Continuing with the posting of reviews written by readers who took up The Book Review Challenge, today our review is from Barb. She blogs at http://barbtaub.com/
Barb chose to read “The Black Hours” by Alison Williams.
Here is Barb’s review.
In the three years of his short career as Witchfinder General from 1644 to 1647, young Matthew Hopkins was directly responsible for the deaths of over three hundred women. What author Alison Williams wants to know is not what happened or even how or why. What she sets out to examine in The Black Hours is who. Who were the murdered women, who were their accusers, and even who was the young man who became the Witchfinder?
She introduces us to a tiny English village, Coggeshall, where seventeen-year-old Alice Pendle lives with her Grandmother Maggie—Margaret Prentice, the village healer. Against the polarizing backdrop of religious and political divisions of the Civil War, witch-hunters claiming to have grants of safe conduct travel the Puritan and Parliamentarian strongholds. They are accompanied by women who administer witch tests such as “pricks” —needle piercings, often faked—to “prove” accusations of witchcraft, an often lucrative career financed by frightened local officials.
When Maggie and Alice are suspected of witchcraft, we see the proceedings from several points of view. Their neighbors—by turns vindictive, bullied, righteous, or frightened—are the accusers. Witchfinder Matthew Hopkins is secure in his belief that he is fulfilling his religious duty, contemptuous of the simple villagers who don’t immediately follow his commands, and self-righteously determined to fight the devil he sees in basically everyone except himself. He has no hesitation in ordering their arrest, torture, and trial. But there are others who don’t give up, who are willing to fight against what they believe is unjust.
What makes The Black Hours so interesting to me is the unusual choice to alternate point of view between the victims and their accuser. Alice’s story is difficult to read in places, as she’s subjected to assault, torture, deprivation, and loss. But it is also one of triumph, a quiet individual victory. With the perfect hindsight vision of history, we want to see the Witchfinder as a monster, his victims as powerless pawns, his allies as weakminded minions. But what we get instead are strong women who fight what they see as the sin of false confession. We see a weak, increasingly sick young man who has no real grasp of the events he thinks he’s orchestrating. And most interesting of all, we see the neighbors. Not only are there the malicious or easily manipulated accusers, but there are those who become increasingly infuriated by the abomination perpetrated against their families and friends. If there are victors or triumphs in this story, and if there is a message, it is that these everyday people are inherently good, and eventually victorious.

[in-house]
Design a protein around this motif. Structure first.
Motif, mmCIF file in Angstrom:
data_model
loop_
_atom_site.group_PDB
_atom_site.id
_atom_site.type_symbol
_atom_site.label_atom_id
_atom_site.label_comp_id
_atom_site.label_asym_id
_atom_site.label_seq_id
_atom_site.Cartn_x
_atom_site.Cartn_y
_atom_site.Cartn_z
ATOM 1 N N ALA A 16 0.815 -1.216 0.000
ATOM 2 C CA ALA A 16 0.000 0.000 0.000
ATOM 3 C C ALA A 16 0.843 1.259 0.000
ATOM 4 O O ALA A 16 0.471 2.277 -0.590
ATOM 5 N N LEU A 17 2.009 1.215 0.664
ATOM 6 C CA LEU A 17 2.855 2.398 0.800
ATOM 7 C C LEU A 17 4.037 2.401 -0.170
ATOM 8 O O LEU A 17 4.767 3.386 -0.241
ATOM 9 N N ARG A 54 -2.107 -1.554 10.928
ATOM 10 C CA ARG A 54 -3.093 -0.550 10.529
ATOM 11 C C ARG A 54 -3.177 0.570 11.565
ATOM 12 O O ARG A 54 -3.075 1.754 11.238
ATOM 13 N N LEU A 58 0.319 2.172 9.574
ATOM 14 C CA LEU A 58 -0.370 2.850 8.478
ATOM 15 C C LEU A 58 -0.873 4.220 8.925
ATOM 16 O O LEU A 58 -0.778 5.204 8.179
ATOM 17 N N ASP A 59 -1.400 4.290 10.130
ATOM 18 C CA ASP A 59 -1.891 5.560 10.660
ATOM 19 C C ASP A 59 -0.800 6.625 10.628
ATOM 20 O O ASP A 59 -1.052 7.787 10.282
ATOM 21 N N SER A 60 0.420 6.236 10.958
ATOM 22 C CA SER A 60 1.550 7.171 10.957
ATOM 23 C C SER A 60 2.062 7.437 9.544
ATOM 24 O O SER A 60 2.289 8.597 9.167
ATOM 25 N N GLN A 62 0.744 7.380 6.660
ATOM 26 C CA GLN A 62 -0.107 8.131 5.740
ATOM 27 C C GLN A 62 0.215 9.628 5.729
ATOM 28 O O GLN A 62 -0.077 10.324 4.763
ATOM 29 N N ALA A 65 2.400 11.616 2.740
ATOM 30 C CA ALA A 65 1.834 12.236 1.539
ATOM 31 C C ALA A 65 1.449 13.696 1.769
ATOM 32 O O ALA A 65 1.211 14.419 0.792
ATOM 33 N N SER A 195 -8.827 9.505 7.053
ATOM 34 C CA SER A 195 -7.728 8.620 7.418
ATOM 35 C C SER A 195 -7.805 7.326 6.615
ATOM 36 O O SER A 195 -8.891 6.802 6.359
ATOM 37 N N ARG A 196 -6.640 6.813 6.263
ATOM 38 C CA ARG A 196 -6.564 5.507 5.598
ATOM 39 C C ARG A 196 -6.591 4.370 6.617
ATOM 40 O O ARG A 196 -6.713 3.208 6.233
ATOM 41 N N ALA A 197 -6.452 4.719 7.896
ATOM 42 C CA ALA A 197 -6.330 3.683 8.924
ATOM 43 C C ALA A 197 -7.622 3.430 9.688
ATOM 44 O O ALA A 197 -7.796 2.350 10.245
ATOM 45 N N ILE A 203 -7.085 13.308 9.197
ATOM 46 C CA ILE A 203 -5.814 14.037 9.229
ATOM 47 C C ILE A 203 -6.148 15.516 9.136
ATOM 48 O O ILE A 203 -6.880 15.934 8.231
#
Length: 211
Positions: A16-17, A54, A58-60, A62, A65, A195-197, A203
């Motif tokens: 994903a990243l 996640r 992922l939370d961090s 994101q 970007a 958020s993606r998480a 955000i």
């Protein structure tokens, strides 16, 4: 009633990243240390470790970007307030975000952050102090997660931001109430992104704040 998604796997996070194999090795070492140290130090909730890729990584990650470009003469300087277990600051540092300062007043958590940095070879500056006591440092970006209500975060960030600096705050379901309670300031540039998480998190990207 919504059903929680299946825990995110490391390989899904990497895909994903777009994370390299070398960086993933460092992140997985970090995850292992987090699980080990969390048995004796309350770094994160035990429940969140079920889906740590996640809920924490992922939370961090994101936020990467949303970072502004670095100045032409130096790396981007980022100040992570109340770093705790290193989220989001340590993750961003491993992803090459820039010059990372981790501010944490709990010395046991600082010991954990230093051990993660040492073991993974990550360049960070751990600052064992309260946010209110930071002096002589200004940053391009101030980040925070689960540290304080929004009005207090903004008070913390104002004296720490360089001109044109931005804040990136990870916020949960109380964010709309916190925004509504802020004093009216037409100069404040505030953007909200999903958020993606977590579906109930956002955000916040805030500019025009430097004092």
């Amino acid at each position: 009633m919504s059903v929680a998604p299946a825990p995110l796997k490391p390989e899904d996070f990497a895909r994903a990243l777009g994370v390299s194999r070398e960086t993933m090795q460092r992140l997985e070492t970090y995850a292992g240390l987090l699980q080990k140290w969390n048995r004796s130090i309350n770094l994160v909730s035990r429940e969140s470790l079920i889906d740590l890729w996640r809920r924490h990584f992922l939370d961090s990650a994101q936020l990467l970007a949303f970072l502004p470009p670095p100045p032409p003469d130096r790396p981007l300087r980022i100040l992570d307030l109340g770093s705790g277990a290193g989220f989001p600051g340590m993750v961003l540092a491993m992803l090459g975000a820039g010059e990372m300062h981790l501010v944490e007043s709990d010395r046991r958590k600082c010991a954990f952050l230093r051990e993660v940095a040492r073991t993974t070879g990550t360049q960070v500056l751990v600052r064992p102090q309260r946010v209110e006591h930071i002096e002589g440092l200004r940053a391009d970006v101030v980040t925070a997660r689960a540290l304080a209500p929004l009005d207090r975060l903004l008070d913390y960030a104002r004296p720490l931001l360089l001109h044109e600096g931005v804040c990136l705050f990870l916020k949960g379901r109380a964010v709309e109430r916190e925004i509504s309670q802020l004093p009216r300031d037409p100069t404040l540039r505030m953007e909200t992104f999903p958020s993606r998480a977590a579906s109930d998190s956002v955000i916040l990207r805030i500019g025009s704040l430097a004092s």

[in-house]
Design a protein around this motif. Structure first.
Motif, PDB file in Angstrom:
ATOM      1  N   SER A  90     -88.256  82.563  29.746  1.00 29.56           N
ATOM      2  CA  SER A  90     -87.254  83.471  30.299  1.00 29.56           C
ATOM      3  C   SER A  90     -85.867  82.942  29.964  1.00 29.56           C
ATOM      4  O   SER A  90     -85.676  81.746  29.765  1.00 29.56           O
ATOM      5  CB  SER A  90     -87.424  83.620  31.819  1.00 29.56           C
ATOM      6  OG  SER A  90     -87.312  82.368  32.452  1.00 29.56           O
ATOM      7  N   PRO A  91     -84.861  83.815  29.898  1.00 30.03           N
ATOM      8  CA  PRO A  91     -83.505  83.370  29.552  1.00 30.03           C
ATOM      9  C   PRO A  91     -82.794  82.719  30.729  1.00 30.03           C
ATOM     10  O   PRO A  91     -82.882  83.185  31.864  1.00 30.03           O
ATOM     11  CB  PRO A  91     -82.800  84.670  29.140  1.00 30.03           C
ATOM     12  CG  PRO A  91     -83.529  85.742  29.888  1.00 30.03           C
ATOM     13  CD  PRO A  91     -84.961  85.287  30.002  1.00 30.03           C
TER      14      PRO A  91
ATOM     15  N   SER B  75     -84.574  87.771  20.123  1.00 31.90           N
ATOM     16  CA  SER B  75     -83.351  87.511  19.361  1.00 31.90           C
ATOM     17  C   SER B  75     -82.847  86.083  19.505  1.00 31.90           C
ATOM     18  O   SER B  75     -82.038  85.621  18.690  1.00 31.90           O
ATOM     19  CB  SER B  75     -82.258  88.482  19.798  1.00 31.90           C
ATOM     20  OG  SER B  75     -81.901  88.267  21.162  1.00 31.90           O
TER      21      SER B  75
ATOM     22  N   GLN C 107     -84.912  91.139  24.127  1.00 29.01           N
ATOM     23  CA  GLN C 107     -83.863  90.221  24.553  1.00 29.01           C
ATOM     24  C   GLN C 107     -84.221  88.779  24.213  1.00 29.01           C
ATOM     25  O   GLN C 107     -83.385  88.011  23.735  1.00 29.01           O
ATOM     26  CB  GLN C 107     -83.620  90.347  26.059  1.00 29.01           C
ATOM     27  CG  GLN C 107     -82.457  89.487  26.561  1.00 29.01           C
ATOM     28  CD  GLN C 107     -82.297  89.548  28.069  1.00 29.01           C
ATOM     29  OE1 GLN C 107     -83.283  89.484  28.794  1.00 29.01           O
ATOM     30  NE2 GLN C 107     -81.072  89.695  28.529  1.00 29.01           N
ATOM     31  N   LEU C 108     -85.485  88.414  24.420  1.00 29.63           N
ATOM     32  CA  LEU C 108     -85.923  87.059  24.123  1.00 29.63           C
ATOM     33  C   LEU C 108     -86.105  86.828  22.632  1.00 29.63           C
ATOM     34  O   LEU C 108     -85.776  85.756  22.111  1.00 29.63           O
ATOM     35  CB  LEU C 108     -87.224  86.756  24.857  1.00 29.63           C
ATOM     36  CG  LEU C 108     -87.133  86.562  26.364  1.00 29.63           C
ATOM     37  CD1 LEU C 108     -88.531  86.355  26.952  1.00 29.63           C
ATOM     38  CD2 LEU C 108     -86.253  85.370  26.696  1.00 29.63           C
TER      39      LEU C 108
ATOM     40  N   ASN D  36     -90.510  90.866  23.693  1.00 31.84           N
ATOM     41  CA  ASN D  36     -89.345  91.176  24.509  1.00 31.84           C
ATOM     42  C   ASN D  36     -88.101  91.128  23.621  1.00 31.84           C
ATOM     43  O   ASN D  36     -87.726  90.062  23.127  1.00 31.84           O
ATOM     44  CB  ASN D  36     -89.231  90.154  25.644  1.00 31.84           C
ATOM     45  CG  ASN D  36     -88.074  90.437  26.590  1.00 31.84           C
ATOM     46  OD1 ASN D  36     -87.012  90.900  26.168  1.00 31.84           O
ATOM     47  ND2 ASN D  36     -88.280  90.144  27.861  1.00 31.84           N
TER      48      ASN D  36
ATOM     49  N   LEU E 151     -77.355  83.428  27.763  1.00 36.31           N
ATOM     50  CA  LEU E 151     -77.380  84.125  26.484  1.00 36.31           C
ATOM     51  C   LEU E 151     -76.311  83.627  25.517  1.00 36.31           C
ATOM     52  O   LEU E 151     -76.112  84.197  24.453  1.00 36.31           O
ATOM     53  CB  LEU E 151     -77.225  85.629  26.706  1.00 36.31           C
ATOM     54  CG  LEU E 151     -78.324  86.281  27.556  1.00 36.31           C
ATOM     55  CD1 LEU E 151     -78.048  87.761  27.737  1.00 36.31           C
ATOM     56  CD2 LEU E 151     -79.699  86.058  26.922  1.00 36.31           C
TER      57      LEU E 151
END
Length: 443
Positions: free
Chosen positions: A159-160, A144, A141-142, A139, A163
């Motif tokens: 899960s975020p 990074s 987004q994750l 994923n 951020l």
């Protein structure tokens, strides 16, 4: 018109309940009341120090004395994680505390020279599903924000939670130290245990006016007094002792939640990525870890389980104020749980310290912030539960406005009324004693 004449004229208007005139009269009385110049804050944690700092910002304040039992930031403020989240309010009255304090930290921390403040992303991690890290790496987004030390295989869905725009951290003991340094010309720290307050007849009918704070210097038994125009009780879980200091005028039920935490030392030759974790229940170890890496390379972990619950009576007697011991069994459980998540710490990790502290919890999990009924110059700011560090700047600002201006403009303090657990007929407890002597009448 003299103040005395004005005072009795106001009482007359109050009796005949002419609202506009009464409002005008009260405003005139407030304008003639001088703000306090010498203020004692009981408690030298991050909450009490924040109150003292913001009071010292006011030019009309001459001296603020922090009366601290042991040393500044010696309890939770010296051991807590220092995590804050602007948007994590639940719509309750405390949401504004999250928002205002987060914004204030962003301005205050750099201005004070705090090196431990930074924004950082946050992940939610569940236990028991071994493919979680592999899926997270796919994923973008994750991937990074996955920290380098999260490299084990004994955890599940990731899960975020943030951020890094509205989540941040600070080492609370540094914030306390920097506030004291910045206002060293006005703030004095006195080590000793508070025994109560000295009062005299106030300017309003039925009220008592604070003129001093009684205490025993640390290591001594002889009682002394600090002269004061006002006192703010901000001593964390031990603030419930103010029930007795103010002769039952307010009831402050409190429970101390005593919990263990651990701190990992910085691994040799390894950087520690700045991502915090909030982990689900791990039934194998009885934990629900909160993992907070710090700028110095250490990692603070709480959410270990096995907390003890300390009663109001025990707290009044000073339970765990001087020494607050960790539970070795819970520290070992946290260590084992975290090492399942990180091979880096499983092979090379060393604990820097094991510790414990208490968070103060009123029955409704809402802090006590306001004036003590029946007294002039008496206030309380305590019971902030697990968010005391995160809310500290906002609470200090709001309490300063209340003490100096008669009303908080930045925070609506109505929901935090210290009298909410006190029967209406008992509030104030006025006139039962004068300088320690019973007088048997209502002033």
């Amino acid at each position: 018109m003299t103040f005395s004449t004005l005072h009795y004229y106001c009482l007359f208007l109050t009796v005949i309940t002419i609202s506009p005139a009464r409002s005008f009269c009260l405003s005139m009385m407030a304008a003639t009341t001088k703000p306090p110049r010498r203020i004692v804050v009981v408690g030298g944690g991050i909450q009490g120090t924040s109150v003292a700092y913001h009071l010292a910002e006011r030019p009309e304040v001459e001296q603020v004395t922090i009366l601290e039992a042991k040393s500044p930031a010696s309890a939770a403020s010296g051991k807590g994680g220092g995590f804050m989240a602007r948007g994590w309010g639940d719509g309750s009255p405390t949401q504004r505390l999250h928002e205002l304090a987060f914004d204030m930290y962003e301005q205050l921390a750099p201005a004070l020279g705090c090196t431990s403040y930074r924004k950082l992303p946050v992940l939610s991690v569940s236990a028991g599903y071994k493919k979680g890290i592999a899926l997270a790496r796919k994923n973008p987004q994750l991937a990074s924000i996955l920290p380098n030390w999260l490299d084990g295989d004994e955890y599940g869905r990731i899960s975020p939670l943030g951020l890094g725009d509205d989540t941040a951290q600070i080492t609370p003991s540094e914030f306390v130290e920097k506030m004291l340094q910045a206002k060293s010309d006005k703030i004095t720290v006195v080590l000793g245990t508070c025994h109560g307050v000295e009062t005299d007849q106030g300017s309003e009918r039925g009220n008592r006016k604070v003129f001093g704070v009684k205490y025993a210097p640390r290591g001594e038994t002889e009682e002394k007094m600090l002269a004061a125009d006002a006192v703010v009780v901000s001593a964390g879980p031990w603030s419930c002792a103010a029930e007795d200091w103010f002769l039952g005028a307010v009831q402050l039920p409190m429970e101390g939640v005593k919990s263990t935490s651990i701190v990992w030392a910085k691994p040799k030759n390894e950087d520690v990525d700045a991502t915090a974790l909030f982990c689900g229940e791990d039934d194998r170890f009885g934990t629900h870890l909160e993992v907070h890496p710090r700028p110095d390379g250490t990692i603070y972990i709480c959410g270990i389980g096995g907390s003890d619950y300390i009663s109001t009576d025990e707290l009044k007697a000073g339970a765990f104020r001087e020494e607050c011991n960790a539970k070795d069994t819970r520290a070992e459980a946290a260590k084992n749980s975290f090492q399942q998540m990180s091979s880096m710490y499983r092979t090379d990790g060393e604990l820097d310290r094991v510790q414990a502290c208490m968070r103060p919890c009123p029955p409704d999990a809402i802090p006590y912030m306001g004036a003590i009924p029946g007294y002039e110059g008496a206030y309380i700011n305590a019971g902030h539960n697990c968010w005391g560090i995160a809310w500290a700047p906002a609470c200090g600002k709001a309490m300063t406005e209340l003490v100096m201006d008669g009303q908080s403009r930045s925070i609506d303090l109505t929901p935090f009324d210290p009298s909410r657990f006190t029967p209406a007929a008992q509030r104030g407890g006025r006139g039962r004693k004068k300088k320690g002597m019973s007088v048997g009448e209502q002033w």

There is so much I found fascinating in this story. Alison Williams gave us an amazingly detailed description of everyday seventeenth century lives, with meticulous research and beautiful descriptions of people and places. But more than that, she made me think about so many other witch hunts throughout history. Like Arthur Miller’s play, The Crucible, it serves as a parable for political witch hunts such as McCarthyism and the House Un-American Activities Committee’s infamous hearings that led to the blacklisting of the anti-Communist purge of the American film and media industry.
Seeing the way the Witchfinder is eventually discredited by those he confidently bullied reminds me of CBS news anchor Edward R. Murrow’s challenge to McCarthyism. “We will not walk in fear, one of another. We will not be driven by fear into an age of unreason if we dig deep in our history and our doctrines and remember that we are not descended from fearful men, not from men who feared to write, to speak, to associate and to defend causes which were for the moment unpopular.”
Because she made me think, because she wrote a challenging and entertaining book, and because she succeeded in bringing a difficult historical page to life, I would give five out of five stars to The Black Hours